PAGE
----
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Amity Business School (ABS) with its “Renvoi- International Case Study Competition” endeavors to bridge the gap between industry and academia

The problem of ever widening industry- academia gap is much discussed and deliberated upon in academia as well as industry. To bridge this gap and to promote intellectual capital in all facets of management and related social sciences, Amity Business School organized 8th Renvoi- International Case Study Competition on the theme ‘Challenges and Opportunities for the Indian Industries after two decades of Liberalization’ at Amity Campus, Sector- 125, Noida Welcoming the distinguished speakers and august gathering, Dr. Sanjay Srivastava- Head, Amity Business School presented a bird’s eye-view of the case study competition and various sessions that will unfold during the day. Dr. Srivastava highlighted the dearth of cutting edge researchers in India, which, he said, is a big area of concern for academia as well as industry. He stressed that it is very imperative to add value to already existing vessel of knowledge, therefore academia and industry should come together to bring out contemporary researches in cutting edge areas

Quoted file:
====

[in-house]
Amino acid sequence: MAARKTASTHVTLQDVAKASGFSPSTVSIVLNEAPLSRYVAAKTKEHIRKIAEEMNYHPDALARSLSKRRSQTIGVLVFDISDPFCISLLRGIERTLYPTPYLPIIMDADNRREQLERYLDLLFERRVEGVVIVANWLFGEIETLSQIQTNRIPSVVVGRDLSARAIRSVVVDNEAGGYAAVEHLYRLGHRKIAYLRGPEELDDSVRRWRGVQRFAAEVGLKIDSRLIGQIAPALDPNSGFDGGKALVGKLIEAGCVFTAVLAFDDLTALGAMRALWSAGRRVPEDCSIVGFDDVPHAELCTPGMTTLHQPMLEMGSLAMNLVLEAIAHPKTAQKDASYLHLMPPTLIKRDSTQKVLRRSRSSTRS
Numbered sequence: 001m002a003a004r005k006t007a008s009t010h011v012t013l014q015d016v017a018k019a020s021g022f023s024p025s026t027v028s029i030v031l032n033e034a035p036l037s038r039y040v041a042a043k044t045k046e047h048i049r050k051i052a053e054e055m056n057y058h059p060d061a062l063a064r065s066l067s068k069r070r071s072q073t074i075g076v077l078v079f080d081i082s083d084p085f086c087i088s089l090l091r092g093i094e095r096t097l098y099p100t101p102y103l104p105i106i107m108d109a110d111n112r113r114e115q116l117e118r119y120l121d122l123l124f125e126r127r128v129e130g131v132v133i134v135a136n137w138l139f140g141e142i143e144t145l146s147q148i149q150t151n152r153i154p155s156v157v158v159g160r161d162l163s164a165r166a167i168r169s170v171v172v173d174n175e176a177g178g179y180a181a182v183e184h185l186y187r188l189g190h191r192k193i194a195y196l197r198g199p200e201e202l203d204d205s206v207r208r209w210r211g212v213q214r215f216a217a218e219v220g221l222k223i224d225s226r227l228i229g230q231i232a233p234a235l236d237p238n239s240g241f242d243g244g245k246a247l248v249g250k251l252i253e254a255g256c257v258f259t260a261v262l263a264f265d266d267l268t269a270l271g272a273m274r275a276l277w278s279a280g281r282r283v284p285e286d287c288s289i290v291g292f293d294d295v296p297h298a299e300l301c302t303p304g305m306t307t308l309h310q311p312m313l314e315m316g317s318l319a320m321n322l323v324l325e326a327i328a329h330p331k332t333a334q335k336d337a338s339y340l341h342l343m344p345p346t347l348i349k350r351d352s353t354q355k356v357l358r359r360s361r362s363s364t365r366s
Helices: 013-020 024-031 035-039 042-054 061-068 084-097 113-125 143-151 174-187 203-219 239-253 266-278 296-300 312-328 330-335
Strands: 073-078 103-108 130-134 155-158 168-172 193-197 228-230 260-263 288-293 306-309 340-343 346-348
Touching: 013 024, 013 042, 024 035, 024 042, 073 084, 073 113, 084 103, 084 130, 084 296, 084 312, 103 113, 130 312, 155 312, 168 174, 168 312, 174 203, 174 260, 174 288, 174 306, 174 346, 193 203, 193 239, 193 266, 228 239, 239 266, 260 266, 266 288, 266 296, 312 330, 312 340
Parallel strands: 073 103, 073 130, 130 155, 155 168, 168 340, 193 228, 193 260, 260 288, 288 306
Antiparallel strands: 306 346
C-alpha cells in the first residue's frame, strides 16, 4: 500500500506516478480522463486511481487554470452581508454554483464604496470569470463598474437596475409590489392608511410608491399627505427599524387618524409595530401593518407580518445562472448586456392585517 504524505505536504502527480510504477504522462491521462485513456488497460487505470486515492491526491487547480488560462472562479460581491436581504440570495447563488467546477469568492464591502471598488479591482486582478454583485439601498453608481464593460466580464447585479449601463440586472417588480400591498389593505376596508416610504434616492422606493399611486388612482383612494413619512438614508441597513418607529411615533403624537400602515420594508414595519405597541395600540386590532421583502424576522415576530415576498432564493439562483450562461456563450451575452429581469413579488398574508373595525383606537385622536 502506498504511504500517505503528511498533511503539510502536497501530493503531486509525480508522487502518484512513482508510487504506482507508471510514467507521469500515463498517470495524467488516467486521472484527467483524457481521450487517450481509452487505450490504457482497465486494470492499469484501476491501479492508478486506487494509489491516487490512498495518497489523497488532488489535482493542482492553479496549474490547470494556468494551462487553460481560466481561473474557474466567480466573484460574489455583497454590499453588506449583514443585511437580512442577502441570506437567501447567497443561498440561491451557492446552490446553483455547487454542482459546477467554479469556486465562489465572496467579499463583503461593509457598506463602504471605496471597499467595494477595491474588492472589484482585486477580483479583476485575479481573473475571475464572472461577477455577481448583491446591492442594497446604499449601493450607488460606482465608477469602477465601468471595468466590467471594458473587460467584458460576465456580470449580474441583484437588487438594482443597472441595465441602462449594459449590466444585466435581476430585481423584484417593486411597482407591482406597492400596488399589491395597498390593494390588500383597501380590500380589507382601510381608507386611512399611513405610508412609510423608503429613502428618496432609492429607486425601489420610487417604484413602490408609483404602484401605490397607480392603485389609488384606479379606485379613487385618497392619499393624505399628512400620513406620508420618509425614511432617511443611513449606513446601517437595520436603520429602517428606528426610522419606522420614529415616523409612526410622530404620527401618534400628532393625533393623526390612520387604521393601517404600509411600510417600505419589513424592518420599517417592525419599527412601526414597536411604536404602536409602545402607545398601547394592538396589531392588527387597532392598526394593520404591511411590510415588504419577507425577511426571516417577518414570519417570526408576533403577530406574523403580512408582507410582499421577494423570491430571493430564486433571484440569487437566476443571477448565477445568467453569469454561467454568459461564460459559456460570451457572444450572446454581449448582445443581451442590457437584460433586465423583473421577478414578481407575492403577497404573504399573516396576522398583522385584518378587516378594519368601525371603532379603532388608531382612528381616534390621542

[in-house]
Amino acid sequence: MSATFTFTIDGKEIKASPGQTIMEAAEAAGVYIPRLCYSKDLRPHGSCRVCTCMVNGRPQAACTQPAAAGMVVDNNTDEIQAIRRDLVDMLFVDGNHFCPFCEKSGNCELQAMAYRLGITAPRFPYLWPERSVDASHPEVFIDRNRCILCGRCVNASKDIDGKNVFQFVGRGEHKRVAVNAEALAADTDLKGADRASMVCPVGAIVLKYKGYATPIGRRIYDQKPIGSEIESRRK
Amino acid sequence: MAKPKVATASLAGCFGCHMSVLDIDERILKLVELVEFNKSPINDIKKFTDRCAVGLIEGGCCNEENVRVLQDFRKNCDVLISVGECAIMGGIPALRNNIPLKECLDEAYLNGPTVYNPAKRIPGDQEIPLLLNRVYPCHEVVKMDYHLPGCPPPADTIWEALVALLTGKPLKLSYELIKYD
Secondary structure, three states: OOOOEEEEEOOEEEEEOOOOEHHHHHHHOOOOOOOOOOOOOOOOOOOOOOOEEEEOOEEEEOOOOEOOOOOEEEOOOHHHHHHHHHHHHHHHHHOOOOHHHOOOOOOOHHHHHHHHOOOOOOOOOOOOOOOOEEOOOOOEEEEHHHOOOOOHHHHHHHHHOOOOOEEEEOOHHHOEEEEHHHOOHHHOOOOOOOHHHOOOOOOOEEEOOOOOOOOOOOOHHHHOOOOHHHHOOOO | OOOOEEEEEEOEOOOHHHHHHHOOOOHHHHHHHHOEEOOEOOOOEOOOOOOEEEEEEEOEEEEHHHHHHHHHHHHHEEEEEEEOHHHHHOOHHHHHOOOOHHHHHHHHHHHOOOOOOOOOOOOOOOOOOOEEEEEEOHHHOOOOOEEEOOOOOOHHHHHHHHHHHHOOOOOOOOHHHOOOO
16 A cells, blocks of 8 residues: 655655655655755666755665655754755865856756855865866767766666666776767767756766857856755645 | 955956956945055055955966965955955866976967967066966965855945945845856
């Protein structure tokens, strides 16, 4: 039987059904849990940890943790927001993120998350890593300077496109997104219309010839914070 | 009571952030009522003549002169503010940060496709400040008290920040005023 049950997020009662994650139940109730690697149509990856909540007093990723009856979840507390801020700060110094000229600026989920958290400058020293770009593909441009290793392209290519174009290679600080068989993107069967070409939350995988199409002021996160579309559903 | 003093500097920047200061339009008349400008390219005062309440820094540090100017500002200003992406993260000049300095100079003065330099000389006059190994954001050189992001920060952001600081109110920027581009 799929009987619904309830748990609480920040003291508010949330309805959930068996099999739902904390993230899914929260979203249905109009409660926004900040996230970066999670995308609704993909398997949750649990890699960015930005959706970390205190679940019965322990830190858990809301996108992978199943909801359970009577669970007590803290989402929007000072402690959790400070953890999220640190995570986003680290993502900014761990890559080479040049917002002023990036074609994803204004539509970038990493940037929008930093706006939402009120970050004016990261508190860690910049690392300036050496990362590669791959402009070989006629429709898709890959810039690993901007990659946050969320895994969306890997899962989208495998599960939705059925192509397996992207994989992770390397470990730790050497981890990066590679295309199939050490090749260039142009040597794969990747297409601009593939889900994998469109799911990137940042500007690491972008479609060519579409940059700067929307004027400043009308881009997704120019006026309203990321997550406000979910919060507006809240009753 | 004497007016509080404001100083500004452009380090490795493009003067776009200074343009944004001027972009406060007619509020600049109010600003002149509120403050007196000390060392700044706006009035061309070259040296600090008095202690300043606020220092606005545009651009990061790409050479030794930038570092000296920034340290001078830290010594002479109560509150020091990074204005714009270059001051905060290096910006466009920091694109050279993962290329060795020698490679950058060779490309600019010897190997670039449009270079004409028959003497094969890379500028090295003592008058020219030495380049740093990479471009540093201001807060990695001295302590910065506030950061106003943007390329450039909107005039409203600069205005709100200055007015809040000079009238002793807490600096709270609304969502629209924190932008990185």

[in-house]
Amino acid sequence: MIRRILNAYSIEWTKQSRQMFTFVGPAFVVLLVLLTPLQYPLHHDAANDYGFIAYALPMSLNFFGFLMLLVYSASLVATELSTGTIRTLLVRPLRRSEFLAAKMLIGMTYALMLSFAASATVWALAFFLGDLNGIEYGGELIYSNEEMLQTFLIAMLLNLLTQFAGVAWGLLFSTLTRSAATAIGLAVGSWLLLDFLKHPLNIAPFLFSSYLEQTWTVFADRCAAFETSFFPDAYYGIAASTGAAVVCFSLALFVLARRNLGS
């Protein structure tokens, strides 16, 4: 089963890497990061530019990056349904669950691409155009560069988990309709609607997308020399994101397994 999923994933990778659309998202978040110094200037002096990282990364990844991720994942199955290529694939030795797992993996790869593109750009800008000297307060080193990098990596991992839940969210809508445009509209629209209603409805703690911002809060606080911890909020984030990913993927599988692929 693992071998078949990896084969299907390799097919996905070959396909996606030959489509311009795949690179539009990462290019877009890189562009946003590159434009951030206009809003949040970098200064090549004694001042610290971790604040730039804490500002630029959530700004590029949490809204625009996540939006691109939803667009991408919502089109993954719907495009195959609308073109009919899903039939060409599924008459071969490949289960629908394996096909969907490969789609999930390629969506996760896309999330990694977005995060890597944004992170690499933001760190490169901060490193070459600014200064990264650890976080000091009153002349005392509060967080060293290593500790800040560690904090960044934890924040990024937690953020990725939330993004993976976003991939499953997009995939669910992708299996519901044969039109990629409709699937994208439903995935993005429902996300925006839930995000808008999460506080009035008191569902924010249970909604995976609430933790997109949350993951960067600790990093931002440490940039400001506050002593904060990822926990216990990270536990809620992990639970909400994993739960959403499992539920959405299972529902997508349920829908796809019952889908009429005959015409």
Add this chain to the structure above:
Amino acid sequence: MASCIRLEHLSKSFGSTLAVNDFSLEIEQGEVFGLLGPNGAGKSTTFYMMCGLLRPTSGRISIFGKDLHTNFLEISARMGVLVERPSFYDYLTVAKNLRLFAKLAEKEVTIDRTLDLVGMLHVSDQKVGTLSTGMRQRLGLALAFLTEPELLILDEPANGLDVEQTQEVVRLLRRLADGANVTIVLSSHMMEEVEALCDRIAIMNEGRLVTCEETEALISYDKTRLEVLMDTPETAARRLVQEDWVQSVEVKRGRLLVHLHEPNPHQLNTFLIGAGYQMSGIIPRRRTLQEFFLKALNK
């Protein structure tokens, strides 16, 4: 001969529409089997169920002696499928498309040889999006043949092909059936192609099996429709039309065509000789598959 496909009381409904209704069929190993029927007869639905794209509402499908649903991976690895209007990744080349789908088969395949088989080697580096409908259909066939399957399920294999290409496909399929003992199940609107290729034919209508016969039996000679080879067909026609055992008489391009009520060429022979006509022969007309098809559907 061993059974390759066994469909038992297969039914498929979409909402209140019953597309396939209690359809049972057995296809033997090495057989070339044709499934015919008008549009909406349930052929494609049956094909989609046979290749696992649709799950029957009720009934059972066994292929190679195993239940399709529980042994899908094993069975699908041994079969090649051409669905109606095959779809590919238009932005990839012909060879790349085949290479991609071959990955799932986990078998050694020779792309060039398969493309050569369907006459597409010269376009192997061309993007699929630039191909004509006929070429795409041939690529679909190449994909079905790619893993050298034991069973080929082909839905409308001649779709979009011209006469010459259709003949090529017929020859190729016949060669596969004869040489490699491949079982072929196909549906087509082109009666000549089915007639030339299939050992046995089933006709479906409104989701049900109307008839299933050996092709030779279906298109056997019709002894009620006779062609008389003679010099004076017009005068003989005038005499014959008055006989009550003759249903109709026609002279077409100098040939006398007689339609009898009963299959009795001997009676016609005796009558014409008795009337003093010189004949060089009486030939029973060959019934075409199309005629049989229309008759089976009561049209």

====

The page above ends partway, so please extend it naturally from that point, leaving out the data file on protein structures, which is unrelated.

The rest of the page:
Wishing great success to the 8th Renvoi Dr. Ashok K Chauhan, Founder President, Amity Group urged the budding professionals to make the most out of this opportunity of learning and said that the future management professionals should endeavour to gain practical knowledge from these case studies presented by the corporates during the 8th Renvoi so that they can implement the same with further innovation, when it is time for them to directly function in the industries.

Dwelling on the challenges faced by Indian industry and academia, Dr. Anand Prakash- Professor and Head of Psychology, Delhi University said that time is the biggest resource that cannot be generated and the terror of time is being experienced by everyone.Knowledge and learning is based on past which may not be useful for future, therefore education imparted in colleges and universities should be relevant for tomorrow.The academia, with the apt synthesis of theory and practice, should aim for internationalization of the students’ minds as the competition they face is not just from their own counterparts in the country but across the globe. In the industry one is faced with too many challenges, the real challenge comes when one has to decide between two right options. The academia has to prepare and equip the budding managers with a knowledge which can help them to make this difficult choice.